Annelida, the ringed worms, is a highly diverse animal phylum that includes more than 15,000 described species and constitutes the dominant benthic macrofauna from the intertidal zone down to the deep sea. A robust annelid phylogeny would shape our understanding of animal body-plan evolution and shed light on the bilaterian ground pattern. Traditionally, Annelida has been split into two major groups: Clitellata (earthworms and leeches) and polychaetes (bristle worms), but recent evidence suggests that other taxa that were once considered to be separate phyla (Sipuncula, Echiura and Siboglinidae (also known as Pogonophora)) should be included in Annelida1, 2, 3, 4. However, the deep-level evolutionary relationships of Annelida are still poorly understood, and a robust reconstruction of annelid evolutionary history is needed. Here we show that phylogenomic analyses of 34 annelid taxa, using 47,953 amino acid positions, recovered a well-supported phylogeny with strong support for major splits. Our results recover chaetopterids, myzostomids and sipunculids in the basal part of the tree, although the position of Myzostomida remains uncertain owing to its long branch. The remaining taxa are split into two clades: Errantia (which includes the model annelid Platynereis), and Sedentaria (which includes Clitellata). Ancestral character trait reconstructions indicate that these clades show adaptation to either an errant or a sedentary lifestyle, with alteration of accompanying morphological traits such as peristaltic movement, parapodia and sensory perception. Finally, life history characters in Annelida seem to be phylogenetically informative.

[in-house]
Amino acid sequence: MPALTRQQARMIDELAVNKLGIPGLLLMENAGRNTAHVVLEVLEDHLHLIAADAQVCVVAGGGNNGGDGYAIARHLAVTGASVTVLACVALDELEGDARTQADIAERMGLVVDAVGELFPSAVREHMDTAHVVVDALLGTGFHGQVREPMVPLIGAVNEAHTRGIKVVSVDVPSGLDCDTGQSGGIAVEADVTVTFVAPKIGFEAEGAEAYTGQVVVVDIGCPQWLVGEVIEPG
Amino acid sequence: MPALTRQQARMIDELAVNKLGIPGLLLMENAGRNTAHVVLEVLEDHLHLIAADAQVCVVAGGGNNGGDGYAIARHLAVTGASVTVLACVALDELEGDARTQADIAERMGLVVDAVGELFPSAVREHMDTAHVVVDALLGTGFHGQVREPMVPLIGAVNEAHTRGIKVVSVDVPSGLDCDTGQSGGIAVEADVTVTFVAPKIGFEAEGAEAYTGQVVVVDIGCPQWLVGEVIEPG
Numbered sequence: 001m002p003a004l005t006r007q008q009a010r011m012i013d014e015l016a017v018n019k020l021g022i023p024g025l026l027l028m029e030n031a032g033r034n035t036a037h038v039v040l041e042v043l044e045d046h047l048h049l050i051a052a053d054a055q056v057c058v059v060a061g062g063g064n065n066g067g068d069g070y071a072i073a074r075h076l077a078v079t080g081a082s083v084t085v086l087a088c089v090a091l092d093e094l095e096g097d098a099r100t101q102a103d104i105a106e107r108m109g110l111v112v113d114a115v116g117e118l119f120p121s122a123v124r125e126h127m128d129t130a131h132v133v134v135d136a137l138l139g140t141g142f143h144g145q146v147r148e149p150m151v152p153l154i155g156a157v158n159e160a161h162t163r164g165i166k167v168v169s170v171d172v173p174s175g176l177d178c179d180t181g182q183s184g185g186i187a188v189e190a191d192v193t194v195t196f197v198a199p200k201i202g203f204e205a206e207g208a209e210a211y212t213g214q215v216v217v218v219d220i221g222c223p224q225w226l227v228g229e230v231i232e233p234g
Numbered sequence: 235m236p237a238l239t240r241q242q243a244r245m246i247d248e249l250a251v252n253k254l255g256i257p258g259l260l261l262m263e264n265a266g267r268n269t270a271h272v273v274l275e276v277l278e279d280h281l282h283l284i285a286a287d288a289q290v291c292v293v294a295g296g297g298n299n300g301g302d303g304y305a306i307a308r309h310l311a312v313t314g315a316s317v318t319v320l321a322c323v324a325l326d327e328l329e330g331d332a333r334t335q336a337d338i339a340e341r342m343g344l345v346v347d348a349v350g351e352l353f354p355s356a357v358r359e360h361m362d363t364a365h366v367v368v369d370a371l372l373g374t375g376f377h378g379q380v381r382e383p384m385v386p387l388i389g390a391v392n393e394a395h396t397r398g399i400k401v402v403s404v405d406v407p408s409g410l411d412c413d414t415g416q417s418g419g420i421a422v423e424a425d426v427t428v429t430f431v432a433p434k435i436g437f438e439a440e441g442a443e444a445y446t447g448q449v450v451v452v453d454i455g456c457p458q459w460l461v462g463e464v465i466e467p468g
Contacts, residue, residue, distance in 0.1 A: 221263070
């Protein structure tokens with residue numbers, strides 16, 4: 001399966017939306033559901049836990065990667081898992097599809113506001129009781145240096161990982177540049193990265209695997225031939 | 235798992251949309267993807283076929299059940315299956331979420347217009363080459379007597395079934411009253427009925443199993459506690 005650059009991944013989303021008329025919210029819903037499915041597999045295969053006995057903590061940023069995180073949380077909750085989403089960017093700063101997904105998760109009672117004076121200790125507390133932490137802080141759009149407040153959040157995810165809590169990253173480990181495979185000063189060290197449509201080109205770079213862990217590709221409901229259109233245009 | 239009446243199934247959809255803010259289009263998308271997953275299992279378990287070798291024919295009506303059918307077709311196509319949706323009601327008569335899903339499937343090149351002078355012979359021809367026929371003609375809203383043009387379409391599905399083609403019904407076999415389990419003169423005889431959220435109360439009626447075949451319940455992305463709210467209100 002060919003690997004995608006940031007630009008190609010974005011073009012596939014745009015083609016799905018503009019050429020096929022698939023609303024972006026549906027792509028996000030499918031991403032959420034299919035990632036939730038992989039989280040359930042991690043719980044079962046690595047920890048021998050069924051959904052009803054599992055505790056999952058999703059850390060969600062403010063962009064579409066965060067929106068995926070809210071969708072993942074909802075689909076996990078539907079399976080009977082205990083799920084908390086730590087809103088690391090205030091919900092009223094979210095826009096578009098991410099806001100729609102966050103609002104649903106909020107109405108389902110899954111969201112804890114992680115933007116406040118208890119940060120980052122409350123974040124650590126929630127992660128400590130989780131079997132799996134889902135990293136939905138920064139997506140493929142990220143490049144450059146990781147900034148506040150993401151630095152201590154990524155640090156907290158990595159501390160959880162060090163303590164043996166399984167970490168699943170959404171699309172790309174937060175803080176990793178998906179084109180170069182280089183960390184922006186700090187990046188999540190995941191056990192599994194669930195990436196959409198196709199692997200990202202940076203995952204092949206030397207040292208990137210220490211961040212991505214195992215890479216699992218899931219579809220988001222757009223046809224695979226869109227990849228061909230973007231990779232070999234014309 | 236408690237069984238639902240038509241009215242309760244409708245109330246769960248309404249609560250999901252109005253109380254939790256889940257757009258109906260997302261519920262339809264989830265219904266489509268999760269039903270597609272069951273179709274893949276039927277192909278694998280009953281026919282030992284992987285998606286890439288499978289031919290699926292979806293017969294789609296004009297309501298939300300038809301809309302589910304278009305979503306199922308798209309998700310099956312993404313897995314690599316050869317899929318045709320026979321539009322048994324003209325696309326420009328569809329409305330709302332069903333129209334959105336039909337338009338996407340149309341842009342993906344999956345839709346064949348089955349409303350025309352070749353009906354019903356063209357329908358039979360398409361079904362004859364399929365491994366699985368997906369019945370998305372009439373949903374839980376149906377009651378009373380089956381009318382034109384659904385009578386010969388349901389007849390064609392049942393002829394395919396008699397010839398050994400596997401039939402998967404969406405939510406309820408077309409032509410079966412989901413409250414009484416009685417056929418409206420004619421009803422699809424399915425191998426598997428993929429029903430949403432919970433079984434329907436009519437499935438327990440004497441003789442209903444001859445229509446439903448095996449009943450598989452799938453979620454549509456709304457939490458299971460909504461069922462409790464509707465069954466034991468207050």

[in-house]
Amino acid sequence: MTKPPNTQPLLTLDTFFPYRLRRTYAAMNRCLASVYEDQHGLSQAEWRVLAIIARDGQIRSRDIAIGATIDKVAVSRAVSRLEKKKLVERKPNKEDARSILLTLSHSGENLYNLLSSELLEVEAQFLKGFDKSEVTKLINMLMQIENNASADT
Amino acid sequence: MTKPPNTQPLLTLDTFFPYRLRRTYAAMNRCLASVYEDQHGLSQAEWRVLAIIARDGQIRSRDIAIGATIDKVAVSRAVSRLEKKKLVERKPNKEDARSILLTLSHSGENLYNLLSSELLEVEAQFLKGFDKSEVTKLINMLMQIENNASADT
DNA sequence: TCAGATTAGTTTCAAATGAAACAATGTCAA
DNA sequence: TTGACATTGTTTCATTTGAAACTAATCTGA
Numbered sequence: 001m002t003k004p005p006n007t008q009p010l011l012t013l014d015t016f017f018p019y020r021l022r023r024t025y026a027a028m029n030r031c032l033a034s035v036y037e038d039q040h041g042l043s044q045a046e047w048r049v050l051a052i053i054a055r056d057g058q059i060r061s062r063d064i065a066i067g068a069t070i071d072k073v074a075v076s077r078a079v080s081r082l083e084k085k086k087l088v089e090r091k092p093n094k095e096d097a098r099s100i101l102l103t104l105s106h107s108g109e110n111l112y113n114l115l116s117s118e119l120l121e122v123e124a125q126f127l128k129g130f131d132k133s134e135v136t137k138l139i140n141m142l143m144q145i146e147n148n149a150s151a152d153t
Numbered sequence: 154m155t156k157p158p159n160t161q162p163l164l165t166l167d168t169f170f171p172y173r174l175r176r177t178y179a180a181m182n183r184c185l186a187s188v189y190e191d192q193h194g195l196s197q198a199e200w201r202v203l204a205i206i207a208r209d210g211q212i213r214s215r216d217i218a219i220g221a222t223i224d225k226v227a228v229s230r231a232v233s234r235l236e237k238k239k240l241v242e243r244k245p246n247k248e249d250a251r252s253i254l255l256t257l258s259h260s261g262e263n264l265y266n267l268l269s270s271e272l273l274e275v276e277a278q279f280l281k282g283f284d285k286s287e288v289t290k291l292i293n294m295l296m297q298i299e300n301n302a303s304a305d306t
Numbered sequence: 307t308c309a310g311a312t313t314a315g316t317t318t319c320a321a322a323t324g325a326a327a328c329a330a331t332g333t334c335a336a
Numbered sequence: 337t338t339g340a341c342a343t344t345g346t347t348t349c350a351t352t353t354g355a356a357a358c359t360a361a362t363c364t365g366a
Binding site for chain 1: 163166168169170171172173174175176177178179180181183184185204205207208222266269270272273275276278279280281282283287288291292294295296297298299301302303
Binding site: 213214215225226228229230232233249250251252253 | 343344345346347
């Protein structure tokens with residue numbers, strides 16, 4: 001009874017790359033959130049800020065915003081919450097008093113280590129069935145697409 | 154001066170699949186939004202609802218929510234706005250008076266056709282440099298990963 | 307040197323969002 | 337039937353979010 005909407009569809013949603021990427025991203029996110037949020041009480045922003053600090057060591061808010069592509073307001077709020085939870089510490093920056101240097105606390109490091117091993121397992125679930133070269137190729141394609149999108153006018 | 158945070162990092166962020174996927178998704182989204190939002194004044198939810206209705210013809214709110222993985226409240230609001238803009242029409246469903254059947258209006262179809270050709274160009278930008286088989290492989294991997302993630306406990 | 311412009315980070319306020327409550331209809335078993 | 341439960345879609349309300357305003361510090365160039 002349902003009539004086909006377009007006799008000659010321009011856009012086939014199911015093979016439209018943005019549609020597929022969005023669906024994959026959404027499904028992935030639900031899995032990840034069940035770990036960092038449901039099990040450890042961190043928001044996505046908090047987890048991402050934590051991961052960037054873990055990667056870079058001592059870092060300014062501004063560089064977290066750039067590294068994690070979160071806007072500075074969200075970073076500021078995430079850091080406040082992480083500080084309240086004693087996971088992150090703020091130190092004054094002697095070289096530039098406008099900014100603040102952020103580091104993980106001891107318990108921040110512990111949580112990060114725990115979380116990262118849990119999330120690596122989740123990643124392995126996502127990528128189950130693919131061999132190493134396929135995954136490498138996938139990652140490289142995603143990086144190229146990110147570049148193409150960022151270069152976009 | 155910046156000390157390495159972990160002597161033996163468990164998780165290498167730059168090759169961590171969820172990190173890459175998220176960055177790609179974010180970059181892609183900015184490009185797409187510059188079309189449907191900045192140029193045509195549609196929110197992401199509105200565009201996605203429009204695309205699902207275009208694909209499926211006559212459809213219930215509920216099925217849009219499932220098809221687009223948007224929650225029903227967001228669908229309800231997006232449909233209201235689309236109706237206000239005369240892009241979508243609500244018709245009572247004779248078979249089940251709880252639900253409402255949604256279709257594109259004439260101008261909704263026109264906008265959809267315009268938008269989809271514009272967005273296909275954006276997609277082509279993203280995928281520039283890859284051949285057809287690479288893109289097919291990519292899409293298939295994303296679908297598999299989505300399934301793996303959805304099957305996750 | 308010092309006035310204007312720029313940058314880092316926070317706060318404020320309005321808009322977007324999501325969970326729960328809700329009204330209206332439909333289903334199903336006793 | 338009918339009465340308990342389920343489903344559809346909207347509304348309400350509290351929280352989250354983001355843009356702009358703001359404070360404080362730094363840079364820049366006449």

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- Supplementary Information (1.8M)
The file contains Supplementary Results, additional references, Supplementary Figures 1-8 with legends and Supplementary Tables 1-6.
Rich text format
- Supplementary Data Set (33K)
This file contains the morphological data matrix used in the ancestral reconstructions. Modifications in the character matrix in comparison to Zrzavy et al (2009) are in bold. Converting it to a plain text file allows opening it with Mesquite to show the results of our ancestral reconstructions.